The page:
The CEP program became available in all Council Bluffs public schools in 2017. Stewart said the program has been successful and well supported by staff and the board of education.

“When it’s free for everyone, it takes the stigma off,” she said. “I think back to when I was in school, you had different colored lunch cards. We don’t turn meals away from anybody. We’ve never done that here. We’ve never turned kids away because they don’t have money because ultimately it’s not their fault.”

Stewart said until she came to work for the school district, she had no idea how many children were coming to the classroom hungry.

“I never knew what hunger was until I was a nutrition educator,” she said. “I was teaching a lesson on raw cauliflower and broccoli and I had kids come up and ask if they could take some home in a napkin in their pocket to give to siblings. That is hunger.

“That was my first eye-opening moment that this is so much more than just teaching kids about how things grow and good nutrition. We’ve got to get food into these kids’ bellies so that they can be successful.”

”COVID-19 Response

Stewart said because the CEP program was already in place, Council Bluffs had a leg up on other districts when the COVID-19 pandemic hit in 2020.

“When the nation went to free breakfast and free lunch for the pandemic, we knew how to operate because we were already doing it.”

Looking back, Stewart still takes great pride in her team’s response to the pandemic.

“I had an incredible team,” she said. “They showed up and put themselves at risk. We did everything we could to mitigate spread and the community was so supportive. We had volunteers making masks early on because we couldn’t’ buy them. We had people in the community who volunteered to take lunches to vehicles so school staff would have less risk of being exposed. It was just incredible.”
Public health and school policies and guidelines were changing constantly during the pandemic, but the nutrition services staff just rolled with the punches and maintained their commitment to feeding the children of the district.

Growing Up In Glenwood

As a student going through the Glenwood Community School District, Stewart was involved in several activities, ranging from 4-H to speech and FCCLA. Many of the experiences she had because of her involvement with those organizations have been beneficial in her career.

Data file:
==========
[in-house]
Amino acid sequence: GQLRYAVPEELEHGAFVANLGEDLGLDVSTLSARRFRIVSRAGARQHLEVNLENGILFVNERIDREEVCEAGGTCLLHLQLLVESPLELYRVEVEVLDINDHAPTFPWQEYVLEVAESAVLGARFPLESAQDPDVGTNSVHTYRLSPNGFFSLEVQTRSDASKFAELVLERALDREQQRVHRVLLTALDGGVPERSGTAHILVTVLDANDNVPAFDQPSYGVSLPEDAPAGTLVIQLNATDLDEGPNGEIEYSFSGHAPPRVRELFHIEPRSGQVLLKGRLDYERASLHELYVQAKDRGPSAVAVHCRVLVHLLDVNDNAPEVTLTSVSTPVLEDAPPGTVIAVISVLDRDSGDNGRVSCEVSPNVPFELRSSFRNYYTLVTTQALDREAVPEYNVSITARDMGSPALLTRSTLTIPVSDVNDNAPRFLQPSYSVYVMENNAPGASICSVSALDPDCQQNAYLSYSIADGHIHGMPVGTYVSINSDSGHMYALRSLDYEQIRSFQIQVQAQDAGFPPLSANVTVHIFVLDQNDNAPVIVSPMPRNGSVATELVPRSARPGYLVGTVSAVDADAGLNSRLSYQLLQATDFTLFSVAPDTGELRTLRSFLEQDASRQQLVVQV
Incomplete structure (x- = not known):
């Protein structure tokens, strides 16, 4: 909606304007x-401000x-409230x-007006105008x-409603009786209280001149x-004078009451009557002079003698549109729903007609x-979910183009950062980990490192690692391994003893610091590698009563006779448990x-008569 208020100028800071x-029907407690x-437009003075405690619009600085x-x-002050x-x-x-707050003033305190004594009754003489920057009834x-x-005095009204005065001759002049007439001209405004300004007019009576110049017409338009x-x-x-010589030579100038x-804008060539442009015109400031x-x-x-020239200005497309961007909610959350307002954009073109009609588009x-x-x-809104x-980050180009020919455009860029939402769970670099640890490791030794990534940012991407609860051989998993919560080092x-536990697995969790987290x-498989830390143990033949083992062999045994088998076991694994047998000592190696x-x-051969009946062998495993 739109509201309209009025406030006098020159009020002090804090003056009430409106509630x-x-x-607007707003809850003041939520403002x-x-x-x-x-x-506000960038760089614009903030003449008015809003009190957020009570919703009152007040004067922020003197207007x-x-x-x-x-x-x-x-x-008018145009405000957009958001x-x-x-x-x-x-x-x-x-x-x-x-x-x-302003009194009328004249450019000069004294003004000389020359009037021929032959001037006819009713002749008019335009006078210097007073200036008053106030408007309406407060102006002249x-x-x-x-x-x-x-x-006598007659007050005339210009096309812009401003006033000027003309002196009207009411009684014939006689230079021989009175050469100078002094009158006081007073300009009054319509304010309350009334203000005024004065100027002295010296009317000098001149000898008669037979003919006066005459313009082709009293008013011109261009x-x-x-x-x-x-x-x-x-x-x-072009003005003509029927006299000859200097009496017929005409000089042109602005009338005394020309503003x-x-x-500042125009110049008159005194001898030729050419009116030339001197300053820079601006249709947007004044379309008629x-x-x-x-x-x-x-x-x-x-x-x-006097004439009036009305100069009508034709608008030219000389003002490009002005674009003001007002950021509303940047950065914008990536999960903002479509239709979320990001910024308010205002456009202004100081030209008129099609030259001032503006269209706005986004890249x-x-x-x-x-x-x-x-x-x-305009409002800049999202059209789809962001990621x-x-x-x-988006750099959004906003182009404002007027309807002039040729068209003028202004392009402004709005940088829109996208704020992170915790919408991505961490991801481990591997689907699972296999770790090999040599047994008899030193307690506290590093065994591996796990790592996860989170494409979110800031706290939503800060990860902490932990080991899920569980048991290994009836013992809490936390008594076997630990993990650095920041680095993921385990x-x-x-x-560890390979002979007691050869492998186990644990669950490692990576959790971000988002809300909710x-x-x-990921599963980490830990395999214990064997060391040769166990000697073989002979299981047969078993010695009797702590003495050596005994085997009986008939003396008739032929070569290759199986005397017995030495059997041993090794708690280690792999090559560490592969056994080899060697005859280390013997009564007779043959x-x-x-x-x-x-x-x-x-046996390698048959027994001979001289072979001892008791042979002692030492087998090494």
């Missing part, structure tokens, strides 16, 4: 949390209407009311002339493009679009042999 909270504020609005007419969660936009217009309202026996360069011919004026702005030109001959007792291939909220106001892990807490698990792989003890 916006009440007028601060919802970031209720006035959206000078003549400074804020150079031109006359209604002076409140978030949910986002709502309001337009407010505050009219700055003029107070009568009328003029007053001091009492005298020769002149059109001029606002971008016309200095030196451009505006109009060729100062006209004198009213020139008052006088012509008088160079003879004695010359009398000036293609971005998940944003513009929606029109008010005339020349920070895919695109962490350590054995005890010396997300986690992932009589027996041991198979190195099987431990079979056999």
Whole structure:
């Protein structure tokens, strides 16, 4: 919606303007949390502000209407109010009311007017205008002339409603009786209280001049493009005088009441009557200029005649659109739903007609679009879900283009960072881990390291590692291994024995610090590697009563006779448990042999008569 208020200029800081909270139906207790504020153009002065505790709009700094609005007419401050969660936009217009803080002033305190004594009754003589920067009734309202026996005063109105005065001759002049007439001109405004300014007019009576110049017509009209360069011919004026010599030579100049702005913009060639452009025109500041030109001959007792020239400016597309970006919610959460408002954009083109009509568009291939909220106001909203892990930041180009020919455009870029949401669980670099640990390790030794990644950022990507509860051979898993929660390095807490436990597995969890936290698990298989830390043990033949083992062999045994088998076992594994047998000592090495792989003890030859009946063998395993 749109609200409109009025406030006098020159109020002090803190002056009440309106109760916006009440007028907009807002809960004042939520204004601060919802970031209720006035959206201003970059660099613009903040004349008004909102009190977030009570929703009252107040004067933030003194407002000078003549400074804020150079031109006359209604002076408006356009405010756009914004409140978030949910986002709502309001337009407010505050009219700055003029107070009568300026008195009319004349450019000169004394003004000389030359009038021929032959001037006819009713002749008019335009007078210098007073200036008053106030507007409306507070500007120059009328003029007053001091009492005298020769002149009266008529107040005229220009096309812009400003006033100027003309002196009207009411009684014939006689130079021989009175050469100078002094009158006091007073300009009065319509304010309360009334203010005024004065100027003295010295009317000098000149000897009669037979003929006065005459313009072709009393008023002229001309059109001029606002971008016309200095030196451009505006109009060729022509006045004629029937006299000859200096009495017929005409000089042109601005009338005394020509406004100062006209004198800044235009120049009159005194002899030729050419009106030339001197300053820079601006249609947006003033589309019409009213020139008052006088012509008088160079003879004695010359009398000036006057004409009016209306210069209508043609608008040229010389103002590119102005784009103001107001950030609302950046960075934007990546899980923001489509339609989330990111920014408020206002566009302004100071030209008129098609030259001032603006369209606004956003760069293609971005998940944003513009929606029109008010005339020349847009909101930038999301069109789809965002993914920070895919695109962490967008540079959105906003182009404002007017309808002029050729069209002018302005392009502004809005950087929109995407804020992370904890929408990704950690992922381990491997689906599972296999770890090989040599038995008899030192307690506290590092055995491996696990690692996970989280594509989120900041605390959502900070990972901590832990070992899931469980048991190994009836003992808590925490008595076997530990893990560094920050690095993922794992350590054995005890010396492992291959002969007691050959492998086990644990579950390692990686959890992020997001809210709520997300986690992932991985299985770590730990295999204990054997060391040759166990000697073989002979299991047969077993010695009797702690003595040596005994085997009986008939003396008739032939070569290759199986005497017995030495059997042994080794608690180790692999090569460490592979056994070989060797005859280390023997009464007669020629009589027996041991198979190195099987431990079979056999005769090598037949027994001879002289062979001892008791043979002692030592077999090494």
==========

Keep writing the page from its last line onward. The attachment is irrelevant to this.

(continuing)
“I had that foundation growing up in Glenwood,” she said. “Doing a lot of those activities led me to be able to serve on a lot of committees and boards throughout the state. And, working with staff, speaking to 100 people can be intimidating.”

Stewart said she was fortunate to have such powerful teachers and mentors in Glenwood, including FCCLA advisor Janis Moore, speech coach Marianne Driml and teacher Mike Schmidt.

“I took college classes with Mr. Schmidt in high school through Iowa Western and I never had to take any more in undergrad because of everything I was able to accoomplish at Glenwood,” she said “The skills I learned in his classes alone have carried me to this day.  I still think about things he would say. I don’t remember a lot from high school – it was 20 years ago – but I remember some of his messages.”

The guidance and mentorship Stewart received as a student in Glenwood had a positive impact on her life. Now, in a slightly different way, she’s paying it forward by doing her part to ensure the children she serves can be successful, too.

“I remind my staff, there’s no other position in the building that you’re guaranteed or have the option of seeing every kid every day,” she said. “The physical education teacher doesn’t teach every kid every day, but we are there to offer breakfast and lunch to every kid, every day and that’s pretty remarkable. You have a huge impact.

“We want all of our children to be successful. Our district has high expectations and high goals and we’re a big part of that.”